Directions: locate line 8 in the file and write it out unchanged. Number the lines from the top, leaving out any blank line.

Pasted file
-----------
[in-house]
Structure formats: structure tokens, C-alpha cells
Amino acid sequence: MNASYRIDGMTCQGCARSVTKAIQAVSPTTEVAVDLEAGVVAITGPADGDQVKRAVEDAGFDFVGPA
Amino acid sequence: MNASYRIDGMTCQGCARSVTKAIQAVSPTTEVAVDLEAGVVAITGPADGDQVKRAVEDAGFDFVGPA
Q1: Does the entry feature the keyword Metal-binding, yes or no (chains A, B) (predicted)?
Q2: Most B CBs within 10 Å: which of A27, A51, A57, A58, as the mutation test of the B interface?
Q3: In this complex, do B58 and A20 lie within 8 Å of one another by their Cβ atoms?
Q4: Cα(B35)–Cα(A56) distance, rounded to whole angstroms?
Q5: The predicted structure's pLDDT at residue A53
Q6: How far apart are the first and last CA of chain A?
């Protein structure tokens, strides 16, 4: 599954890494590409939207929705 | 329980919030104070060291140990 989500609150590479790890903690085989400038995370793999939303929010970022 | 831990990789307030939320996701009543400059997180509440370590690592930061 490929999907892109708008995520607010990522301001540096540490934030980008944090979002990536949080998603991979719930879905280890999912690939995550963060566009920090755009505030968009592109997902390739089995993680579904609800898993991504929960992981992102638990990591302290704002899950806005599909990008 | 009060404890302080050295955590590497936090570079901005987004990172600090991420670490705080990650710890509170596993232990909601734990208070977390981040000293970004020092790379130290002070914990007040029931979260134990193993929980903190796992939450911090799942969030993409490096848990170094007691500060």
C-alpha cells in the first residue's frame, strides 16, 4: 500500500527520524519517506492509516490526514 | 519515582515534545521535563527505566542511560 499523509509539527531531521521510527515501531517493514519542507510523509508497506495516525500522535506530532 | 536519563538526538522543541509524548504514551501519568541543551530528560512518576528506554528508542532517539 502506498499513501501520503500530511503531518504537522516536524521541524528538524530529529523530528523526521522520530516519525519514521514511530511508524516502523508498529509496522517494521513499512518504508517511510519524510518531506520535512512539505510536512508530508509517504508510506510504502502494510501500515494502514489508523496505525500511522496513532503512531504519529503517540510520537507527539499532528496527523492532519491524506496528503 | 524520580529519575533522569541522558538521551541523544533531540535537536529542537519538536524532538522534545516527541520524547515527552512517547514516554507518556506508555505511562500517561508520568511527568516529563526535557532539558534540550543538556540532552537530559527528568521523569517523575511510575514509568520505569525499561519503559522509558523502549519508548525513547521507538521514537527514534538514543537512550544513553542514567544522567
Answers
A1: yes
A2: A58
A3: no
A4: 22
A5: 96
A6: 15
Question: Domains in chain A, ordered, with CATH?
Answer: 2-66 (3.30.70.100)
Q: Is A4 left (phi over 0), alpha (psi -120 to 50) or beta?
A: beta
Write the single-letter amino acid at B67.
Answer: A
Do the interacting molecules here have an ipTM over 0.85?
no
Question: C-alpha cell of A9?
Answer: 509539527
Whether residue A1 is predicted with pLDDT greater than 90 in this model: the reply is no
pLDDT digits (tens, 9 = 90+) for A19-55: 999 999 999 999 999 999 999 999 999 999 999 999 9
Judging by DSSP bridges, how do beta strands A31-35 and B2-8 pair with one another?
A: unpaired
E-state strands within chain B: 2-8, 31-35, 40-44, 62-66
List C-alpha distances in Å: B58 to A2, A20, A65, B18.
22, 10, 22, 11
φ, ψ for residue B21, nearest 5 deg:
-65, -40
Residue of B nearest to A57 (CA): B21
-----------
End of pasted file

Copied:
Q4: Cα(B35)–Cα(A56) distance, rounded to whole angstroms?